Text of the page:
At the beginning of this month, Twitter finally rolled out its updated, full image display format for visuals, ensuring users get the full context in image previews, as opposed to the earlier automatically cropped version.
Twitter full image display comparison is widely welcomed by users who think it’s a good update, in spite of the fact that it does shift your tweet timelines a little.
The interesting thing about this update was the logic provided by Twitter.
Twitter introduced this update as a result of its efforts to address algorithmic bias, and not to provide an improved user experience. It was in October last year when it began an investigation into the incident of users sharing examples of how Twitter’s image cropping algorithm favored white people over black people in attached images.
Twitter image experiment
Twitter launched its internal investigation as a result of these example tweets, which subsequently led to a broader analysis of its visual algorithms, and their usefulness for this task.
Surprisingly, it indeed found problems with its algorithms. Twitter revealed their earlier image cropping process used a ‘saliency algorithm’ to determine image cropping.
The saliency algorithm works on the theory that by guessing what a person might want to look first within a picture so that the system could accordingly fix how to crop an image to an easily viewable size. Saliency models are coached on how the human eye looks at a picture as a method of prioritizing what’s likely to be the most important element to most people. The algorithm, based on human eye-tracking data, predicts a saliency score on every part of the image and selects the point with the highest score as the center of the crop.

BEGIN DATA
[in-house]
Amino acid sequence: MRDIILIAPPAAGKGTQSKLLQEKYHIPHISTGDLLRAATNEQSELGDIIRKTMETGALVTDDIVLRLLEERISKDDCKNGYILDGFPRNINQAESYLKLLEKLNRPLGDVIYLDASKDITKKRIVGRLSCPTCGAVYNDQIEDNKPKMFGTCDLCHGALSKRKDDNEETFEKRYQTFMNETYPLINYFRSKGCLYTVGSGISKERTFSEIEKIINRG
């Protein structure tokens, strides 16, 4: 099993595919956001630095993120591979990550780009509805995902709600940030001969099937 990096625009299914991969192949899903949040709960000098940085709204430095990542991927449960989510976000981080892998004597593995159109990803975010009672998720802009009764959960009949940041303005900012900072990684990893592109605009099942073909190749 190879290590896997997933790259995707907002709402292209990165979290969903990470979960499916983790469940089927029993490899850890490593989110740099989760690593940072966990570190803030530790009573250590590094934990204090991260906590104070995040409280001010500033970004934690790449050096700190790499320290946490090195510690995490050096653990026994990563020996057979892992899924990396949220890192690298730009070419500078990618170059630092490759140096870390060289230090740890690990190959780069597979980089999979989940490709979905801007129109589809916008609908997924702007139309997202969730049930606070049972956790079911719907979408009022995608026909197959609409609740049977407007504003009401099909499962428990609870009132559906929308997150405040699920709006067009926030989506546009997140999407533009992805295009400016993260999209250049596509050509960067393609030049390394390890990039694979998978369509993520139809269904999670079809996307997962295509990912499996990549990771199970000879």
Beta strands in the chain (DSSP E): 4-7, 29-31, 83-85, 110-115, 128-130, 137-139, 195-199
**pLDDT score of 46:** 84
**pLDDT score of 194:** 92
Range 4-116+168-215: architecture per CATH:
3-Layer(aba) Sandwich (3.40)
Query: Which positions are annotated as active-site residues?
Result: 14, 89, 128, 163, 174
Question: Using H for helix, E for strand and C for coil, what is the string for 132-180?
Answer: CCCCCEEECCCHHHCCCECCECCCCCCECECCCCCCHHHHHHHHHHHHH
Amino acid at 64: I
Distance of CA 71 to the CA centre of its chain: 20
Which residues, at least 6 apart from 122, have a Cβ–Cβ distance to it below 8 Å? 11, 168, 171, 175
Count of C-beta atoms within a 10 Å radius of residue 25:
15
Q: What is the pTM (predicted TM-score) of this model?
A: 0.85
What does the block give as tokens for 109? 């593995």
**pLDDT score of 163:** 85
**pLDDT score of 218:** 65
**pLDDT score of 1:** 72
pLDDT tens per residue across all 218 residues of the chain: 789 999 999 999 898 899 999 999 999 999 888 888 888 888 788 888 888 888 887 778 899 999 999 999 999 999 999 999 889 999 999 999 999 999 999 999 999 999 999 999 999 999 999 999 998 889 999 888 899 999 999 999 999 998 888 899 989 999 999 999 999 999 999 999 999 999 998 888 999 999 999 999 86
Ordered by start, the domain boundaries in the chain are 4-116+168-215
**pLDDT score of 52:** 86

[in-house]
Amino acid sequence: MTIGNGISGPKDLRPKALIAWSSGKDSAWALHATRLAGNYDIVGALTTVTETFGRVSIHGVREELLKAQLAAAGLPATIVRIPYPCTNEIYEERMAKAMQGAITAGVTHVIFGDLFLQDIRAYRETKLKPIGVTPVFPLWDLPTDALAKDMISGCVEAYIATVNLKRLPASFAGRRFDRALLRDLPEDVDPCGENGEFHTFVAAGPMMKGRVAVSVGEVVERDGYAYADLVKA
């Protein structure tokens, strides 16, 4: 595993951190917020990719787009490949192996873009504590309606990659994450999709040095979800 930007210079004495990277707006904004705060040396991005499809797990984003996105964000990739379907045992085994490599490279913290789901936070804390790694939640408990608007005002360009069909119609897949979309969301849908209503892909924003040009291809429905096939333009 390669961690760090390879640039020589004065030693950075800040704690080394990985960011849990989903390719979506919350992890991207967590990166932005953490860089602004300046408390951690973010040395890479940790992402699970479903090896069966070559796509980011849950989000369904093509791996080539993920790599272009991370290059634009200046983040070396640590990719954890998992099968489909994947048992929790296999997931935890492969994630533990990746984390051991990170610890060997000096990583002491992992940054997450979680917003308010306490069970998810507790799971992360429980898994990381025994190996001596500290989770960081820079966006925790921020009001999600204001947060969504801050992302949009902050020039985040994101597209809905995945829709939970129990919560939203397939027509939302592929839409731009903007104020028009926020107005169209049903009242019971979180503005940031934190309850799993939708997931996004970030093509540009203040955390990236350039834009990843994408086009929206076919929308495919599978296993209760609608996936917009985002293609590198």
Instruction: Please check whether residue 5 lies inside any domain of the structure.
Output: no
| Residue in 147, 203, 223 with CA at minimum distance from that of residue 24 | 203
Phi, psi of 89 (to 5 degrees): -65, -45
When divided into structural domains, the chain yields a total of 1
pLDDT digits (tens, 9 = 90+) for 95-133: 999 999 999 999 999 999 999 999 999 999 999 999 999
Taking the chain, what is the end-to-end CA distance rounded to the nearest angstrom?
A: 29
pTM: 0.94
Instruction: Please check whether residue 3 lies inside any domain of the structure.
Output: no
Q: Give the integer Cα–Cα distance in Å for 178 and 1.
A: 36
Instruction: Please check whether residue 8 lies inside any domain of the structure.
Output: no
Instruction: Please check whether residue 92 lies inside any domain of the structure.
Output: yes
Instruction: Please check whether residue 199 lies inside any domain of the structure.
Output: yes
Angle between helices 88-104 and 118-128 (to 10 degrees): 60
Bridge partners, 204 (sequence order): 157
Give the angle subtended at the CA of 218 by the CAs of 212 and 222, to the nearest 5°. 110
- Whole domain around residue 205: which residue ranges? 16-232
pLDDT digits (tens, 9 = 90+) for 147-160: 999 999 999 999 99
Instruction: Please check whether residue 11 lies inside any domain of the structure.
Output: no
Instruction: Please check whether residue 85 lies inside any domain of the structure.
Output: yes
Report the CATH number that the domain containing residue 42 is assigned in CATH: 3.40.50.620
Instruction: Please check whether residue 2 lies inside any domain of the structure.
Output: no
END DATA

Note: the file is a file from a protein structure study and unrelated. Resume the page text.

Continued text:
After Twitter received many complaints on account of users’ apprehension of potential bias within this process, they conducted testing, which proved its saliency algorithm actually had a stronger preference for fair-skinned people in images over black people, and while it would also, sometimes, choose “a woman’s breast line or legs as a salient feature” to determine the key elements of focus in pictures.
Unfortunately, both of these features obviously had problems that finally led Twitter to update its image cropping process, which now has moved to full image display in the mobile app. However, Twitter’s investigators found the issues rather marginal.
They concluded that in the comparisons of black and white individuals, there was indeed a 4% difference from demographic parity in favor of white individuals. Moreover, for every 100 images of women, about three of them cropped at the body part other than the head. And when images weren’t cropped at the head, they were done to non-physical aspects of the image, such as a number on the sweatshirt, or the slogan. Yet, it decided to take action because they share users’ concern that any level of bias on these fronts is not good.
This also helped Twitter to an interesting discovery:
“We have realized that not everything on Twitter is a good example for an algorithm, and in this particular case, the decision about how to crop an image is best left to people.” Algorithms are excellent when it comes to optimizing tasks, and showing people more of what they are actually looking for, but they can also reinforce existing bias and may lead to problematic behaviors.
It was a very bold step on the part of Twitter to accept the inherent problems associated with its algorithm, and earnestness to find the solution. It acknowledged that in some cases, algorithms were not what users needed in the first place. Algorithms are essentially designed to create an amazing user experience, and not the other way round.
Let’s hope other leading channels such as Facebook, Instagram, and LinkedIn, and also new channels like Connected India who are still trying to find acceptance among larger users should learn from Twitter, and put more consideration into the same. Stay updated with technologygrabber.us